The MMPA, among other things, places a ceiling on the amount of marijuana that can be lawfully possessed by a qualified patient and primary caregiver. Section 11362.77, subdivision (a), states: “A qualified patient or primary caregiver may possess no more than eight ounces of dried marijuana per qualified patient. In addition, a qualified patient or primary caregiver may also maintain no more than six mature or 12 immature marijuana plants per qualified patient.” (Italics added.) Subdivision (b) of that section states that “[i]f a qualified patient or primary caregiver has a doctor's recommendation that this quantity does not meet the qualified patient's medical needs, the qualified patient or primary caregiver may possess an amount of marijuana consistent with the patient's needs.”
B. Constitutional Challenge
Article II, section 10, subdivision (c) of the California Constitution prohibits the Legislature from amending an initiative measure, such as the CUA at issue here, unless the initiative measure itself authorizes legislative amendment. (Cal. Const., art. II, § 10, subd. (c); People v. Cooper (2002) 27 Cal.4th 38, 44, 115 Cal.Rptr.2d 219, 37 P.3d 403.) “An amendment is ‘․ any change of the scope or effect of an existing statute, whether by addition, omission, or substitution of provisions, which does not wholly terminate its existence, whether by an act purporting to amend, repeal, revise, or supplement, or by an act independent and original in form․’ [Citation.] A statute which adds to or takes away from an existing statute is considered an amendment.” (Franchise Tax Bd. v. Cory (1978) 80 Cal.App.3d 772, 776, 145 Cal.Rptr. 819; Knight v. Superior Court (2005) 128 Cal.App.4th 14, 22, 26 Cal.Rptr.3d 687.)
The CUA does not authorize legislative amendment without voter approval. In addition, the numerical limits set forth in section 11362.77, subdivision (a) of the MMPA for possession and/or cultivation of marijuana by a qualified patient replaced the “personal medical purposes” standard in section 11362.5, subdivision (d), which case law has interpreted to mean a “reasonable amount.” (People v. Trippet, supra, 56 Cal.App.4th at p. 1549, 66 Cal.Rptr.2d 559.)
Assuming arguendo the MMPA's numerical limits unconstitutionally amended the CUA, as the parties contend, we conclude the numerical limitation included in the erroneous jury instruction was harmless beyond a reasonable doubt in connection with count 1, for cultivation of marijuana, but prejudicial with respect to the lesser included offense in count 2, for simple possession of marijuana. (See People v. Flood (1998) 18 Cal.4th 470, 502-503, 76 Cal.Rptr.2d 180, 957 P.2d 869 [mis-instruction on an element of an offense must be examined under the standard of beyond a reasonable doubt as required by Chapman v. California (1967) 386 U.S. 18, 87 S.Ct. 824, 17 L.Ed.2d 705].)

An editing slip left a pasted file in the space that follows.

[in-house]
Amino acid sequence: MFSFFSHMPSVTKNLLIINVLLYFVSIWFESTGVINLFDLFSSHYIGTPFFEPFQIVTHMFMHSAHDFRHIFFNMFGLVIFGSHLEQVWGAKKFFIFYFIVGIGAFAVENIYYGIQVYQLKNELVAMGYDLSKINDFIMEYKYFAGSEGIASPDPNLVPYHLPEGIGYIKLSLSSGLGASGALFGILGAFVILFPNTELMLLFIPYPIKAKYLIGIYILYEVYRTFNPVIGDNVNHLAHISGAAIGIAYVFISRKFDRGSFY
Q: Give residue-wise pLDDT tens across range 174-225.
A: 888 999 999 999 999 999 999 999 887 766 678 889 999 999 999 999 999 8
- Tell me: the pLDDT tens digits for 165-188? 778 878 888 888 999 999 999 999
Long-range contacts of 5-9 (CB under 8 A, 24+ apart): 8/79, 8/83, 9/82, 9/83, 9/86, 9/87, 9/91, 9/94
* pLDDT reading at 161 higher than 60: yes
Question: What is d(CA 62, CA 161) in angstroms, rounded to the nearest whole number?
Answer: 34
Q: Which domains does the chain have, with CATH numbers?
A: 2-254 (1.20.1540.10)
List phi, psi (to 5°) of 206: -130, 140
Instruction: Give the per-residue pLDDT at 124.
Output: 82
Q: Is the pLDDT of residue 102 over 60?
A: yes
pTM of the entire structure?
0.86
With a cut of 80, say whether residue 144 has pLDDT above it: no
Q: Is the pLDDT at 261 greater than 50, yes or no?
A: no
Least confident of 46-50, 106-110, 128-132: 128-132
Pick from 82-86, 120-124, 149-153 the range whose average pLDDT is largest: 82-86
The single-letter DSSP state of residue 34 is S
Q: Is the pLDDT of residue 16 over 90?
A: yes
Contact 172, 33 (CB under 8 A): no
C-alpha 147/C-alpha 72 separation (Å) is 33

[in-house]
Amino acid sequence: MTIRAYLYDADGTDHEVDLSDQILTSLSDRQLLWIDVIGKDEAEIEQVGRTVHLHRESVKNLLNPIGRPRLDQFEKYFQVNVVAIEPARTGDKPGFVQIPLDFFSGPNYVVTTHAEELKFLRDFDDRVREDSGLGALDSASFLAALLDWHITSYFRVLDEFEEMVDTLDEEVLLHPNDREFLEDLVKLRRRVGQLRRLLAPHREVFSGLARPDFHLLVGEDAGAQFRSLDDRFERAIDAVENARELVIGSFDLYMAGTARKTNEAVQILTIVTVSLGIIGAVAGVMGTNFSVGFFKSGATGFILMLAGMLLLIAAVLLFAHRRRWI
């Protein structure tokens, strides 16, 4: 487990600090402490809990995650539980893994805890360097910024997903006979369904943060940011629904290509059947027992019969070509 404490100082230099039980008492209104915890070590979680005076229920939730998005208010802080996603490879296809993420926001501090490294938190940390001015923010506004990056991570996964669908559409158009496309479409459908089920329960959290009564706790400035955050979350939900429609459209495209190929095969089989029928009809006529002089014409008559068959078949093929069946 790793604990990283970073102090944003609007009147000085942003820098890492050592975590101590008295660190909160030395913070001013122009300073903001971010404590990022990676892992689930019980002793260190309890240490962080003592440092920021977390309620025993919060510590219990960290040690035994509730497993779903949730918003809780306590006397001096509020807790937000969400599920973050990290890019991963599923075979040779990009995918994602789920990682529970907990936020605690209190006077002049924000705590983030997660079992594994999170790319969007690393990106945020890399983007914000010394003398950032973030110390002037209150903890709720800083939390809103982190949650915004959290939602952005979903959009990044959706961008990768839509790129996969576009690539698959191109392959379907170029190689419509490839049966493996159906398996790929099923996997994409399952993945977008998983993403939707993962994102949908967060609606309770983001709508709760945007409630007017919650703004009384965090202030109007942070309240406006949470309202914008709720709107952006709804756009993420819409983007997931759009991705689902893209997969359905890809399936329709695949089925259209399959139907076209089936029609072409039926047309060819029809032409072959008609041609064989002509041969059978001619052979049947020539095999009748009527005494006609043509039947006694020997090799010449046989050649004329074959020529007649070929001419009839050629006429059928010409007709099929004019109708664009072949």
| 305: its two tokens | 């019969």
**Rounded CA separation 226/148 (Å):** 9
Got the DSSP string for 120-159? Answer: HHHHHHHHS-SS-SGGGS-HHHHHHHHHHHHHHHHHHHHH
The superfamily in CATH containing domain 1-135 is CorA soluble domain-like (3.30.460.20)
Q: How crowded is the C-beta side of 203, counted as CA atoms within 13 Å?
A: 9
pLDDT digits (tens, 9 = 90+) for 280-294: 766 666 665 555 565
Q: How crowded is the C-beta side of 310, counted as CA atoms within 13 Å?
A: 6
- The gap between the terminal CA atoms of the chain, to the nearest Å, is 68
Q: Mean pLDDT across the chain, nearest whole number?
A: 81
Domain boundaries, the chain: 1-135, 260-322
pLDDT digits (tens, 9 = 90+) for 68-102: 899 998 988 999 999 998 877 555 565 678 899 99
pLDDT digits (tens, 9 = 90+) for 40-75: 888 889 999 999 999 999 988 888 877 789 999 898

C. Primary Caregiver
Under the CUA, a “primary caregiver” is defined as an “individual designated by the person exempted under this section who has consistently assumed responsibility for the housing, health, or safety of that person.” (§ 11362.5, subd. (e).)
Our Supreme Court recently concluded that to be a primary caregiver within the meaning of section 11362.5, subdivision (e) of the CUA, an individual must show that “he or she (1) consistently provided caregiving, (2) independent of any assistance in taking medical marijuana, (3) at or before the time he or she assumed responsibility for assisting with medical marijuana.” (People v. Mentch (2008) 45 Cal.4th 274, 283, 85 Cal.Rptr.3d 480, 195 P.3d 1061.) Because the appellant in Mentch failed to proffer sufficient evidence he was providing his patients consistent caregiving, independent of providing them marijuana, at or before he began providing them marijuana, the court held he was not entitled to a primary caregiver jury instruction. (Id. at pp. 288-289, 85 Cal.Rptr.3d 480, 195 P.3d 1061.) The Mentch court concluded that appellant's testimony he “sporadically” took a couple of patients to medical appointments and provided shelter to one of his patients was insufficient to establish the primary caregiver defense under the CUA. (Ibid.)
The Mentch court noted the term “consistency” “suggests an ongoing relationship marked by regular and repeated actions over time.” (People v. Mentch, supra, 45 Cal.4th at p. 283, 85 Cal.Rptr.3d 480, 195 P.3d 1061.) The court further noted that primary caregiver status “requires an existing, established relationship. In some situations, the formation of a bona fide caregiving relationship and the onset of assistance in taking medical marijuana may be contemporaneous, as with a cancer patient entering chemotherapy who has a recommendation for medical marijuana use and has a live-in or home-visit nurse to assist with all aspects of his or her health care, including marijuana consumption. [Citation.]․ [However,] [w]hat is not permitted is for an individual to establish an after-the-fact caregiving relationship in an effort to thereby immunize from prosecution previous cultivation or possession for sale.” (Id. at p. 284, 85 Cal.Rptr.3d 480, 195 P.3d 1061.)